The positive effects of cold water have been widely evangelised by swimmers who report not only better health and happiness, but a greater sense of self-confidence through regular wild swimming, as well as a feeling of support and belonging to a community. Even if you swim alone, you are bound to come across the same regulars every time you go and develop some kind of kinship with them – bonding through the experience of doing this crazy thing together but not together.
Aside from mental benefits, many report great improvements to their physical health too – chronic migraines suddenly cured, better sleep, faster recovery after injuries. There is even research ongoing into the use of cold water immersion for the treatment of auto-immune disorders and the prevention of dementia.
For me, the cold water shock brings me totally inside my body, forcing a presence I’m generally not capable of in the rest of my day. My mind is silenced and completely reset. For a while it’s just me in the water, every nerve ending firing. It’s so grounding but also so light, total joy as I dive through the waves, flipping around and around feeling every inch in contact.
The thrill of a rough sea is the best. Feeling that slight edge of danger whilst still knowing I’m probably okay is my favourite kind of swim. Diving under huge waves and swimming out past the breakers for a bit of relief, and then navigating my way back to shore between sets always gives me a great sense of perspective. Reminding me of my fragility in the space and the power and magnitude of the ocean. There’s the added feeling of accomplishment too; for getting out there and overcoming a small challenge, setting you up for whatever else comes at you throughout the day, knowing already that you’re capable of facing some level of discomfort (along the lines of William McRaven’s “make your bed” theory).
A calm swim in the summer is just as sweet. The sun on my face as I paddle out even further than normal and turn back to face the shore, bathed in sunshine, the mountain lit up and glowing. The chance to lizard on a hot rock to warm up after with no need for the desperate rush to dry off and change into warm layers.
When I first learnt to scuba dive, I approached it with some trepidation, concerned I would feel claustrophobic with so many things around my face and body, heavy gear weighing me down and metres of water above me. But the wonder of what I would see down below encouraged me and, in fact, it was exactly the opposite. I couldn’t believe how much space there was around me. Uninterrupted reef for as far as I could see – it felt like there was this massive opening I’d been given access to, unmatched by our normal space allocation in city life.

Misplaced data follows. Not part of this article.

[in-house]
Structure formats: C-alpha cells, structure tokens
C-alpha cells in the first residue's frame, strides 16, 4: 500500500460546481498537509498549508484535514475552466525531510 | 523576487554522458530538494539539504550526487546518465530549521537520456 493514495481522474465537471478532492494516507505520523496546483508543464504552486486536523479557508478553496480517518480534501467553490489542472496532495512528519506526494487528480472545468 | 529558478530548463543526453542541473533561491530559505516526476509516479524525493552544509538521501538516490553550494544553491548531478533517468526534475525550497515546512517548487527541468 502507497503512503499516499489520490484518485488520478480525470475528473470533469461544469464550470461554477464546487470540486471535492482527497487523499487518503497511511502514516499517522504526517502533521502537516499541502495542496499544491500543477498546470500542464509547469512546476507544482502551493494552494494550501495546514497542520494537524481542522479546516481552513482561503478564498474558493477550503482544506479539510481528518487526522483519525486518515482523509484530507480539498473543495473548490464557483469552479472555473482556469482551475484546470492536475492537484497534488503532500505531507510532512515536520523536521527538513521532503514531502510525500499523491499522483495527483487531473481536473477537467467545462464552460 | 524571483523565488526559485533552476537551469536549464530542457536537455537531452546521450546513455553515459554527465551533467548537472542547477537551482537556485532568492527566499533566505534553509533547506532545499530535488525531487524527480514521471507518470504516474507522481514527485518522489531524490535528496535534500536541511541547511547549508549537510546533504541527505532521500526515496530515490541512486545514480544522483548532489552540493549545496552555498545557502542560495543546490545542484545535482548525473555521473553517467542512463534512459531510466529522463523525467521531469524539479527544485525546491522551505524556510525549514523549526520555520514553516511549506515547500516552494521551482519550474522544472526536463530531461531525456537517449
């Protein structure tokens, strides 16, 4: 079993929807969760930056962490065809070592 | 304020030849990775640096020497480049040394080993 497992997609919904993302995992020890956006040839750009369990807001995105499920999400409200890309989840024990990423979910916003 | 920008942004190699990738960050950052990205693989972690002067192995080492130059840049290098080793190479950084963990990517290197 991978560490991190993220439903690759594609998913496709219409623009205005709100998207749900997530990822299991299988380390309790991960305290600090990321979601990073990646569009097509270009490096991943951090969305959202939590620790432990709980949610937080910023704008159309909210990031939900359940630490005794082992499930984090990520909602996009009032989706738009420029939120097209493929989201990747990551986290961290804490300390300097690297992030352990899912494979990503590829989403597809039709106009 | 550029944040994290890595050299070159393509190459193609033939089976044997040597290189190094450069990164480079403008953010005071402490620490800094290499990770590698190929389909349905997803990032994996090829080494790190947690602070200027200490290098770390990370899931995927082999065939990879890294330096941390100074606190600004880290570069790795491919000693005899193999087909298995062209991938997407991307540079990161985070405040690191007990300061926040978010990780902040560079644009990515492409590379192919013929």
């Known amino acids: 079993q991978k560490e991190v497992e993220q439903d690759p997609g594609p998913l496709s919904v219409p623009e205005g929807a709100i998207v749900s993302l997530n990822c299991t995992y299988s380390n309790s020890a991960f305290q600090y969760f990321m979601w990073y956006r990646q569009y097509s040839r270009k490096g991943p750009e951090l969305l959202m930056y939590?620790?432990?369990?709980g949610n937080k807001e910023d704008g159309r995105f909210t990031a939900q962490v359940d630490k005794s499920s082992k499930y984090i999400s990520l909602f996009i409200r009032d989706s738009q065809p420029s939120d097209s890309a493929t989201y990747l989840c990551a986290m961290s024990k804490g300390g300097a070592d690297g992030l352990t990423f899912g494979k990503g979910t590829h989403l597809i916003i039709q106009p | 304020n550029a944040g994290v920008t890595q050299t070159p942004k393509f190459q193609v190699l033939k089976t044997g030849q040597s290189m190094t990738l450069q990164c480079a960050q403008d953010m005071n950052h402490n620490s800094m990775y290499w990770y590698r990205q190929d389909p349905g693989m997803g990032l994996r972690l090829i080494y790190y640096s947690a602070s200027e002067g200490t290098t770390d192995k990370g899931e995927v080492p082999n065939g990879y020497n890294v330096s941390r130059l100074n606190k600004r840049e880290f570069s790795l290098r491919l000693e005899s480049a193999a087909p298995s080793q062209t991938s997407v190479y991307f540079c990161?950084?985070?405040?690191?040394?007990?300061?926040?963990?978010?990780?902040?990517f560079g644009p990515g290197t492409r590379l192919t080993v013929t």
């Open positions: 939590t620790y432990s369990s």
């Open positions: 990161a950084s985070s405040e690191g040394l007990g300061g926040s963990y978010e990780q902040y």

I loved it so much, and still do, but there is always a lingering feeling of visiting, rather than communing. Almost like being in an aquarium, hindered by regulator, tank and BCD as you are by the glass walls, unable to be fluid and fish-like and feeling very much not part of their world.
Although my breath hold will never match that of a dolphin or a whale’s, I feel much closer to their experience and far more part of the underwater world when free diving. Literally free. Relaxed and able to move with ease through the water, getting up close to all the magnificent life, big and small. The fleetingness of it makes it that much more special – knowing my time is limited really sharpens my focus, drawing me into the present so I experience the moment fully.
Without a wetsuit, the cold only amplifies this, making me extra aware and focused, but also grounded and relaxed. Connected both to myself and to nature, there’s a feeling of complete freedom as I dive down. Cold adapted and unprotected by equipment and extra layers, you start to get a sense of belonging down there, part of the wild.
Photos by Faine Loubser